Grid reference: 520150/3875950
Cadastral plan: XXX/57
Aerial photo: 1993, Run 176, No. 51
The remnants of Phournia are located in an arable field (colluvium) in the Kouphos River Valley; initial visits revealed a scatter of Late Chalcolithic material, with a small component (Black Topped ware) possibly going back to the beginning of the Middle Chalcolithic period. There were, in addition, a few Philia transitional elements. SCSP carried out a 5-m gridded collection of material at Phournia, and over the course of the following year several pottery specialists examined the material in our storeroom. In October of 1999, topographic and geophysical survey (resistivity and magnetometer) was conducted at Phournia, across 20-m grids on a 1-m interval.
The arable field (colluvium) within the Kouphos River Valley that comprises SCY200 slopes gently to the southeast and is cut by a single agricultural terrace on the south. It is situated on a mid-Holocene river terrace whose minimum age is likely to be the Bronze Age. That is, for some period of time, prior to and probably ending in the Bronze Age, the Kouphos River flowed close to the elevation of Phournia, which would have been situated on the floodplain along the river. During the Late Chalcolithic and Bronze Age periods, the river appears to have had a more braided character with a broader channel and wider floodplain. Incision and confinement of the channel have occurred subsequently. Phournia is presently bounded on three sides by deep gullies, and on the northwest by a shallower gully, traversed by the modern dirt track.
During the Chalcolithic period, Cyprus experienced a remarkable expansion of settlement and population, best indicated in the archaeological record by excavated settlements such as Erimi Pamboula, Lemba Lakkous and Kissonerga Mosphilia. The characteristic Chalcolithic 'settlement cluster' just to the west of the SCSP survey area shows two similarities with Phournia: (1) location on a fluvial terrace just beside or above a stream/river, and (2) comparable surface material remains (e.g., Red Monochrome and Red Lustrous wares, lithics, groundstone). The 'settlement cluster' concept stipulates that, when the diagnostic surface material of two or more neighbouring sites of this period cannot be distinguished temporally, the sites would have served different functions within a single catchment area.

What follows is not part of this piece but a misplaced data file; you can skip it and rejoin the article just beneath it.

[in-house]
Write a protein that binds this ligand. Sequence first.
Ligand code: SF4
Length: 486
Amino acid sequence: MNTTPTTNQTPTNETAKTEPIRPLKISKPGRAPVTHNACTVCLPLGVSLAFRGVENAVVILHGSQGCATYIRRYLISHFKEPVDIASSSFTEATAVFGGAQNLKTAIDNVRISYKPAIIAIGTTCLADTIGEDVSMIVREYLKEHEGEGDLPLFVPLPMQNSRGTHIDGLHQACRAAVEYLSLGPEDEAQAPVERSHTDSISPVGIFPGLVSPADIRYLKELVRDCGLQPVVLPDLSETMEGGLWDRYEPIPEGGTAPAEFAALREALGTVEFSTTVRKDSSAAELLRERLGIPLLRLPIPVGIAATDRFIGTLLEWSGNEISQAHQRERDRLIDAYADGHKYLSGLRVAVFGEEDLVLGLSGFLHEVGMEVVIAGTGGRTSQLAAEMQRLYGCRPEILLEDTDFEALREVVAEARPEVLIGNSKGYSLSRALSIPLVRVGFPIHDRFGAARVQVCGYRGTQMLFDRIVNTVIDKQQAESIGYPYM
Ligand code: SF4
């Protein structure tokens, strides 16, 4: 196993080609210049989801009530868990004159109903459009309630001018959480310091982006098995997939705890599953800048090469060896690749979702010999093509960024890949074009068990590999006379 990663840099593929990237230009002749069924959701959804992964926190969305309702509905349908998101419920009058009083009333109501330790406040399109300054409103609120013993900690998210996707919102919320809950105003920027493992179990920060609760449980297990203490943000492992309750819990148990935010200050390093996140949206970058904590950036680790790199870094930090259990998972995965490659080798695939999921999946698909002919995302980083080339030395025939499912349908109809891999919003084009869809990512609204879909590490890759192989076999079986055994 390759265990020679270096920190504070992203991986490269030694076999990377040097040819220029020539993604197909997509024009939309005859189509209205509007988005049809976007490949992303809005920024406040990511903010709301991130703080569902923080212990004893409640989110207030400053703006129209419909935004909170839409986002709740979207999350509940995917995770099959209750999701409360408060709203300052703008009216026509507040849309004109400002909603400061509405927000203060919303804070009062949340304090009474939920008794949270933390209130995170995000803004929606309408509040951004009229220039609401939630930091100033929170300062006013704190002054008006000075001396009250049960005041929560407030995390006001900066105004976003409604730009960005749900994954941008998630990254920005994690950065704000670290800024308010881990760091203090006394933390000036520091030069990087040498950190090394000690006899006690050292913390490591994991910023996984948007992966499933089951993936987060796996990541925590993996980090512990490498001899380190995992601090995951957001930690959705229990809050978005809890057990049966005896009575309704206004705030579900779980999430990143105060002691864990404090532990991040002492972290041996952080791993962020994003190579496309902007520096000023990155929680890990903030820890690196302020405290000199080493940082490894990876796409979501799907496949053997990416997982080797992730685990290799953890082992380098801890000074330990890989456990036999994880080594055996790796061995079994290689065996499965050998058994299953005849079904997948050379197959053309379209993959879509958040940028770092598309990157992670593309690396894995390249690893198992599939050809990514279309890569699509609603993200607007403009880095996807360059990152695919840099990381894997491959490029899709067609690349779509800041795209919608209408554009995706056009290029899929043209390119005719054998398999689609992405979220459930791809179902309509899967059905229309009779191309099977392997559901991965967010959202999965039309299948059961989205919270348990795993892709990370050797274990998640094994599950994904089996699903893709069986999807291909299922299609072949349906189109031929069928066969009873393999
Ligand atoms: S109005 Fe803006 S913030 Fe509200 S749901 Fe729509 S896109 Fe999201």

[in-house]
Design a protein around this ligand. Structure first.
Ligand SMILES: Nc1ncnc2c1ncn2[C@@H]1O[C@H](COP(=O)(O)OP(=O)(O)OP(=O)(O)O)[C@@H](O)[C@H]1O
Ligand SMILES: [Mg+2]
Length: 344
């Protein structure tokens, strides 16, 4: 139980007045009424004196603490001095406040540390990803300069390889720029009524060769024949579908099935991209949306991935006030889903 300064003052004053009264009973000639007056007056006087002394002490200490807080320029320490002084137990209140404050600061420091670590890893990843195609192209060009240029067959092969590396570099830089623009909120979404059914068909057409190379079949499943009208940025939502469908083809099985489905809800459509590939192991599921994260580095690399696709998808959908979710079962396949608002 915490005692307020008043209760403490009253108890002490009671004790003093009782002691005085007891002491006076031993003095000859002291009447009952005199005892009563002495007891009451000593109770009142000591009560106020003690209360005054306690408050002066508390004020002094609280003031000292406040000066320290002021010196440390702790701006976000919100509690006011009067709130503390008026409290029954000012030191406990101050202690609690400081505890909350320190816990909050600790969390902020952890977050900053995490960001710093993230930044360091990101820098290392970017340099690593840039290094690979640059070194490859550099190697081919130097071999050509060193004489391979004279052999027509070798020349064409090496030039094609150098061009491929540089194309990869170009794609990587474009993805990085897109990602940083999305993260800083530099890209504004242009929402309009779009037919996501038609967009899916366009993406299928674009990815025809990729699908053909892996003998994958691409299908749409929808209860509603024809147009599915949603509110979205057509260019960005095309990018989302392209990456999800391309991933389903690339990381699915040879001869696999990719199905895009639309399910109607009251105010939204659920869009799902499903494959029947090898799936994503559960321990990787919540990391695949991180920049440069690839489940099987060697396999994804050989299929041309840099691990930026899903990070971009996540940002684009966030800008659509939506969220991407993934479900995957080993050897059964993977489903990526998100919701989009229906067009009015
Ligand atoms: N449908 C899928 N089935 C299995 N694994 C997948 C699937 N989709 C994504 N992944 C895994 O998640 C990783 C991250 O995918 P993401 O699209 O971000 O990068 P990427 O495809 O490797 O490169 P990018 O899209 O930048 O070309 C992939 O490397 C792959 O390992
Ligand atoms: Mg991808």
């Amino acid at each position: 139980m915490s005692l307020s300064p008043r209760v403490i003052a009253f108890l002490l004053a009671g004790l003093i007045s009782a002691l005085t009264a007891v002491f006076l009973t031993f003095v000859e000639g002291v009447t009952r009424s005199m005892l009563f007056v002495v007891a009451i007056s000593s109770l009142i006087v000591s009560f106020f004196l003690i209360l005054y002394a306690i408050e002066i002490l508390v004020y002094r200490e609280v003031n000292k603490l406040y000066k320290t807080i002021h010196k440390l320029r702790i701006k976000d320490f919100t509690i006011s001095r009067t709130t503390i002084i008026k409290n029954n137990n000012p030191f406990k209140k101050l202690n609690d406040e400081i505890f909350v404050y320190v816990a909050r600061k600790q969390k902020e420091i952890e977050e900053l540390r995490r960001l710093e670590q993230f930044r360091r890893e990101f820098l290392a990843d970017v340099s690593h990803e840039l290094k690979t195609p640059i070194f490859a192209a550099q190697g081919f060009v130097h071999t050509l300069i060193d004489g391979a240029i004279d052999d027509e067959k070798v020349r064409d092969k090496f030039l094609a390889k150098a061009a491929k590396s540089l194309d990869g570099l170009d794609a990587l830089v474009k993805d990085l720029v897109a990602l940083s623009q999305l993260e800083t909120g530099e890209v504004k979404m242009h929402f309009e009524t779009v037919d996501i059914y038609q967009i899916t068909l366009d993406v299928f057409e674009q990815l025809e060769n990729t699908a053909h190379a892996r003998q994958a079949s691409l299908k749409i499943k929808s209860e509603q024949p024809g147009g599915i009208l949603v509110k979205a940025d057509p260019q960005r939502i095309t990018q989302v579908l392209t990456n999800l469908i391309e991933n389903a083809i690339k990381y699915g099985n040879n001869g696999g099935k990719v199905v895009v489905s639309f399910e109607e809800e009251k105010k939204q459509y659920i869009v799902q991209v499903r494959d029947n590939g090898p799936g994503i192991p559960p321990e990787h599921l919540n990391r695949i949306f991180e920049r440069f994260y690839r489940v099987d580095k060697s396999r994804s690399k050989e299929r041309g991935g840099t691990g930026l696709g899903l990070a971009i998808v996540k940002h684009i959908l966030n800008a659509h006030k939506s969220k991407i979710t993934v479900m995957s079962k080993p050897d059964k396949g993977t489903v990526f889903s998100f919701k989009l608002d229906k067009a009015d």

Finally, the pottery and lithics from Phournia provide new information about the Chalcolithic period, not just in the north-central Troodos but over all of Cyprus. For example, it is now evident that Late Chalcolithic Stroke Burnished ware represents an improvement and refinement of Middle Chalcolithic Spawled ware. We can also see that certain fabrics, shapes and wall thickness of various pieces resemble the Chalcolithic assemblage, but have red and black polished surfaces more similar to Philia wares, e.g., Philia Red Lustrous ware. In spatial terms, this pushes the extent of the Philia 'facies' a bit further east on the island. Likewise the chipped stone assemblage from Phournia, especially with half the stone tools identified as scrapers, shows close similarities in both manufacture and use wear with other Chalcolithic sites on the island.
With material dating from two transitional periods at either end of the Late Chalcolithic, Phournia has the potential, prima facie, to tell us as much about the Chalcolithic era and the transition to the Bronze Age as Kissonerga Mosphilia, perhaps the most important Chalcolithic site on the island. Its importance thus should not be underestimated, particularly now that geophysical prospection work has confirmed the coherence of the survey materials and the subsurface deposits.